Download

Submission to Joint Select Committee on Australia’s Family Law System

Migrant and refugee women face significant structural barriers to accessing justice—including through the Family Law System—in Australia. These barriers include inadequate or insufficient access to interpreting services, low levels of systems literacy in a new country, complex interactions between migration regulations and family law system, and limited access to specialist legal aid and advice services. All of these factors impact migrant and refugee women’s access to justice, particularly in situations of family and domestic violence and family breakdown. A family law system reform must take these barriers into account and provide sufficient resources and training to all entities involved in family law proceedings to ensure that the family law system is accessible to those with special cultural and linguistic needs.

Download

Submission to the consultation on National Action Plan to Combat Modern Slavery 2020-24

We welcome the opportunity to make a submission to the consultation on National Action Plan to Combat Modern Slavery 2020-2024. Trafficking, forced marriage, and modern slavery—practices identified by the consultation paper—often intersect with migration, and since women are overrepresented amongst victims of these practices, the national action plan to combat these practices must be considerate and inclusive of the perspectives and experiences of migrant and refugee women.

Download

2020-21 Pre-Budget Submission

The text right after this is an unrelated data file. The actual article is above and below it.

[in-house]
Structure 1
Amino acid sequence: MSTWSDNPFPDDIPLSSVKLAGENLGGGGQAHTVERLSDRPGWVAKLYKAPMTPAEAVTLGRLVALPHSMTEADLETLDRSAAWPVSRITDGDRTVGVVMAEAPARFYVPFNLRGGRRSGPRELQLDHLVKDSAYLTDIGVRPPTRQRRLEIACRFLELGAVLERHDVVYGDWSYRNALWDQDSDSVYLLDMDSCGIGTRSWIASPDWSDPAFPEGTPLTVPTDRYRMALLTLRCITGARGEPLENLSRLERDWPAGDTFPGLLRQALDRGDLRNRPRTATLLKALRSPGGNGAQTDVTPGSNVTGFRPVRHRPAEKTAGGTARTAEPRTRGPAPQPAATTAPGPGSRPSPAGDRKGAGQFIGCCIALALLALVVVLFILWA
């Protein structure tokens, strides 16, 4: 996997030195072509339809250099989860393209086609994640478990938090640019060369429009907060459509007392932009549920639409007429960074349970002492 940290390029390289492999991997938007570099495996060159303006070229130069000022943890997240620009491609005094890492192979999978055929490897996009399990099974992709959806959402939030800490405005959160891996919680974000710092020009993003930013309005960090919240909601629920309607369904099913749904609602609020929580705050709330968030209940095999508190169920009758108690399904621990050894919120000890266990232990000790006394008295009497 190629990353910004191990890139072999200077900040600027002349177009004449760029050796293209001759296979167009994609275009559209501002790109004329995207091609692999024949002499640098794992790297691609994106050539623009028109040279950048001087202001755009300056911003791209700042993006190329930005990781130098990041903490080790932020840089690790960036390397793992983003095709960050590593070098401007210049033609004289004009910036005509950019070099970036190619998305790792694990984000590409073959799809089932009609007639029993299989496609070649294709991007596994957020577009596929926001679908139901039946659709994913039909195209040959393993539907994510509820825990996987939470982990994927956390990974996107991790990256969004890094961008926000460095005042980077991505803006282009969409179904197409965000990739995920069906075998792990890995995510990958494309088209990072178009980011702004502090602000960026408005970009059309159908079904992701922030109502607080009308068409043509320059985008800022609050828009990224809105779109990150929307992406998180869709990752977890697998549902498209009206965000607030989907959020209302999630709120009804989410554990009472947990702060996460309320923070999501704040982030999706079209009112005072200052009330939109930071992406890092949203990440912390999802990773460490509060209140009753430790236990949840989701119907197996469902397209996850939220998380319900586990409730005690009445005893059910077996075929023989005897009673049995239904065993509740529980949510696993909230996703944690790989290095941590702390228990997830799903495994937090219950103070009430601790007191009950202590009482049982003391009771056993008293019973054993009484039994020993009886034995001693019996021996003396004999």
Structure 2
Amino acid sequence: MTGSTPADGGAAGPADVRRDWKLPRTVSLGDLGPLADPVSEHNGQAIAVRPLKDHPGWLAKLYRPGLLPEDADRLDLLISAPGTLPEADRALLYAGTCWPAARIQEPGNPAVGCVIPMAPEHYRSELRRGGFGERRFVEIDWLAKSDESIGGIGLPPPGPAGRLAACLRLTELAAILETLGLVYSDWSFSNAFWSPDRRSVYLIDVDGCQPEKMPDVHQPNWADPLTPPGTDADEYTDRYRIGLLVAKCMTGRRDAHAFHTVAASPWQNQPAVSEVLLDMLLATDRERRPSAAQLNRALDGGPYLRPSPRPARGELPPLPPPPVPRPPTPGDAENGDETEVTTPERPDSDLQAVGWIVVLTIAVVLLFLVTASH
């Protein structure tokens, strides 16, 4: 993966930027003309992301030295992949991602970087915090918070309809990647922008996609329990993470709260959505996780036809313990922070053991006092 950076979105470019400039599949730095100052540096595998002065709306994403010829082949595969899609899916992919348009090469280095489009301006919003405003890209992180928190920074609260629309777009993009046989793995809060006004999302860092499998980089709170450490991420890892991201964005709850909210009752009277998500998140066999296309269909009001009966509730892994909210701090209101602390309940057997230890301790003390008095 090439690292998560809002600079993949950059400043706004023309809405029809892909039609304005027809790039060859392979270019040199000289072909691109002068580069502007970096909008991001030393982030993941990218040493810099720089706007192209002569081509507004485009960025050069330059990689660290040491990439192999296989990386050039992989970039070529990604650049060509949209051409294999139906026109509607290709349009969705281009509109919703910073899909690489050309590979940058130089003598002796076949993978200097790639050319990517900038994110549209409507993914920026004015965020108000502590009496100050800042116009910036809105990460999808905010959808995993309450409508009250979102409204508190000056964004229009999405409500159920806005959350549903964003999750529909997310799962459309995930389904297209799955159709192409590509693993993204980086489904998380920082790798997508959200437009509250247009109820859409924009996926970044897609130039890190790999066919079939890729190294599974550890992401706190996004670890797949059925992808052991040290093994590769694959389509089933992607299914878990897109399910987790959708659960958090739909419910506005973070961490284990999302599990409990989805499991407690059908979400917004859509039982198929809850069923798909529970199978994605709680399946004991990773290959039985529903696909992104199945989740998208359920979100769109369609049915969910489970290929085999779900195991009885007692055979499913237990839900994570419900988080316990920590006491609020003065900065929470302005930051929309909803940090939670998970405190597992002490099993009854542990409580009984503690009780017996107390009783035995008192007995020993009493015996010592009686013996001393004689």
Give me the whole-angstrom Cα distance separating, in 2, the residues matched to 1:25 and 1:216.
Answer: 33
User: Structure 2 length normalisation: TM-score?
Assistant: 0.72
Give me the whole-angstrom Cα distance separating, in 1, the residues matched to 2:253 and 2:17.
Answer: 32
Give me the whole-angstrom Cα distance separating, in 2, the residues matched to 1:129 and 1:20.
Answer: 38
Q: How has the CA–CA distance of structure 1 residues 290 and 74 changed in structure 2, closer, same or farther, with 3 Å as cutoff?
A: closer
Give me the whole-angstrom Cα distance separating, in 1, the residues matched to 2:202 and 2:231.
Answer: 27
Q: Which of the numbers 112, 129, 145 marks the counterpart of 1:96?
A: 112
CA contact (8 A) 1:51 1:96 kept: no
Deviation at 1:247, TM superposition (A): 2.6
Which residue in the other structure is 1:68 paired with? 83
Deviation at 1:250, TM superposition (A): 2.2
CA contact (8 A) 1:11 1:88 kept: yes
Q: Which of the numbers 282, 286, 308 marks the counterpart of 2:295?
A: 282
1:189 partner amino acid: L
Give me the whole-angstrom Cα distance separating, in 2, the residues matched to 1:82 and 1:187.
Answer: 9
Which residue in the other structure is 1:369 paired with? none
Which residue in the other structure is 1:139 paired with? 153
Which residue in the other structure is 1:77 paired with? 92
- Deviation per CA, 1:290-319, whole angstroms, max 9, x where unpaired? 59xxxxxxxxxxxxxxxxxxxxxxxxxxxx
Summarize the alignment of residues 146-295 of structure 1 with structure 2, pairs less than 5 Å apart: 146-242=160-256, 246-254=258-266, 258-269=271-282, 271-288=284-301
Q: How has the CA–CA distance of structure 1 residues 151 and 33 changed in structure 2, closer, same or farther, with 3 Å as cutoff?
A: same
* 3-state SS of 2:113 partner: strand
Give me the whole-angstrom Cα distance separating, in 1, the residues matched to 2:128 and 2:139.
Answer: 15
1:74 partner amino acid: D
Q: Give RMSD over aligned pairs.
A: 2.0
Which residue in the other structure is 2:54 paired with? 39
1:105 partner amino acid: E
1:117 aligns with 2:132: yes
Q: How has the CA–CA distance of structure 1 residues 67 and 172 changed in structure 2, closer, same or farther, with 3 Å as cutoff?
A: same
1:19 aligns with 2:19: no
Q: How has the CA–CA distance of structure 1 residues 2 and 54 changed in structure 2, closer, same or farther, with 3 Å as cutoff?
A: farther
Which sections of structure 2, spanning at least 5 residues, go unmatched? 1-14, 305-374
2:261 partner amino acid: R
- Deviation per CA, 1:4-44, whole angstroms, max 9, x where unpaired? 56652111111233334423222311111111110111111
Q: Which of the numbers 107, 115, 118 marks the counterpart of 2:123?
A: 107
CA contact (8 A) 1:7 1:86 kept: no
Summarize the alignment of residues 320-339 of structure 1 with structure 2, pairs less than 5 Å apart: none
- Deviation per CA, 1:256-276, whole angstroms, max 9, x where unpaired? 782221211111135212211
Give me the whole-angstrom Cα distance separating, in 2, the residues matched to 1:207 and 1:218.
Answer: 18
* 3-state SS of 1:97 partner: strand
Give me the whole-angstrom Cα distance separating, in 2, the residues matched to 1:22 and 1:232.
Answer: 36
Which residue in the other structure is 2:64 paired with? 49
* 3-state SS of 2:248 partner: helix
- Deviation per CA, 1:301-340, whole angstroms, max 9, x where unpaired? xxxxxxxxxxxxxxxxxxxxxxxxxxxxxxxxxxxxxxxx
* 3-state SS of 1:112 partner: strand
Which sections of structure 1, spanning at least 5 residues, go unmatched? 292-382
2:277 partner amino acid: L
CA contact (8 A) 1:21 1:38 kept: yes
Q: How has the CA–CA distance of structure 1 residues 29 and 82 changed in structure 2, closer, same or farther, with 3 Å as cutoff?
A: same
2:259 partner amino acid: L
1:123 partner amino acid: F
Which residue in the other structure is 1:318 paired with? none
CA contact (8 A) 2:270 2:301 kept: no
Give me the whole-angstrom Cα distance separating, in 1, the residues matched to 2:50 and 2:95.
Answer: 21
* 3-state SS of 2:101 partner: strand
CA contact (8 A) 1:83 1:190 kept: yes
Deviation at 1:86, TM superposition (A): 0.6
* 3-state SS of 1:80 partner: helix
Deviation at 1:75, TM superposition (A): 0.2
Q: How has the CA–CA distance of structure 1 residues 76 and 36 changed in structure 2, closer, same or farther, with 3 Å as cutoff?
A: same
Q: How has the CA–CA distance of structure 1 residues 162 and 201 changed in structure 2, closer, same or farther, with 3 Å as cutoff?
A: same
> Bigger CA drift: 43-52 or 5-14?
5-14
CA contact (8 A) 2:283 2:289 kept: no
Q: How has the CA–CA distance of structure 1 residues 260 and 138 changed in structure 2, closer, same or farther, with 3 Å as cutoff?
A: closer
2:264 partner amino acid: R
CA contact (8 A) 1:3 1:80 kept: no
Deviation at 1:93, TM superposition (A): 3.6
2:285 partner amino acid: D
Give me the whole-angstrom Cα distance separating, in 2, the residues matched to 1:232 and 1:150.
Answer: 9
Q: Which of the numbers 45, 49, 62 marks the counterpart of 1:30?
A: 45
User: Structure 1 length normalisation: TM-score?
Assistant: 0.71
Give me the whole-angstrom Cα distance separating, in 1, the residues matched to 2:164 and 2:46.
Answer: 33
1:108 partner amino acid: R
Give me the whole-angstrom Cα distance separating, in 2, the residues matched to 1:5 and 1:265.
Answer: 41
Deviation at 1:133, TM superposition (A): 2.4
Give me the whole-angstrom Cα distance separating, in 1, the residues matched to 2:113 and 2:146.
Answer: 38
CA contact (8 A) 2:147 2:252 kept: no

This submission outlines a range of proposed measures that have the potential to promote the full, effective and equal participation of Australian women from migrant and refugee backgrounds.

Download

Submission to the second consultation on Religious Discrimination Bill

This submission highlights our concerns as migrant and refugee women regarding the proposed bill, particularly the impacts on our right to healthcare, mental and physical well-being, and equal opportunities to work and study. The Harmony Alliance is strongly opposed to the bill in its current form as it infringes upon the principles of integrity and fundamental human rights and will disproportionately affect us as migrant and refugee women.

Download

Submission to Retirement Income Review

There are several factors that contribute to significantly lower retirement income levels for migrant and refugee women. The retirement income review, therefore, must consider the multiple and compounded disadvantages and vulnerabilities faced by migrant and refugee women. We welcome the opportunity to contribute to the consultation on retirement income review and respond to some of the specific aspects raised by the consultation paper in this submission.

Download

2019

Submission to the Inquiry into the adequacy of Newstart and related payments and alternative mechanisms to determine the level of income support payments in Australia

The unemployment rate for women who have migrated to Australia sits at 6.3 per cent compared with 5.4 per cent for all Australian women and migrant men, jumping to 6.7 per cent for women who speak a language other than English at home. This highlights the additional barriers that women from migrant and refugee backgrounds face in seeking to enter the workforce, and the need for adequate income support and other social security payments to assist this cohort to secure ongoing employment.

Download

Reflect Reconciliation Action Plan

Indigenous Australians represent the oldest living civilisation on earth. We acknowledge the Aboriginal and Torres Strait Islander Peoples as the custodians of this land and pay our respects to their Elders past, present and emerging. We commit to this acknowledgement on an ongoing basis in a manner that is meaningful in our everyday practice and conversations. It is a commitment of the Harmony Alliance to ensure that the starting point of any conversation we have in relation to the rights of migrant and refugee women is firmly centred around the broader conversation on the rights of First Nations women and First Nations people.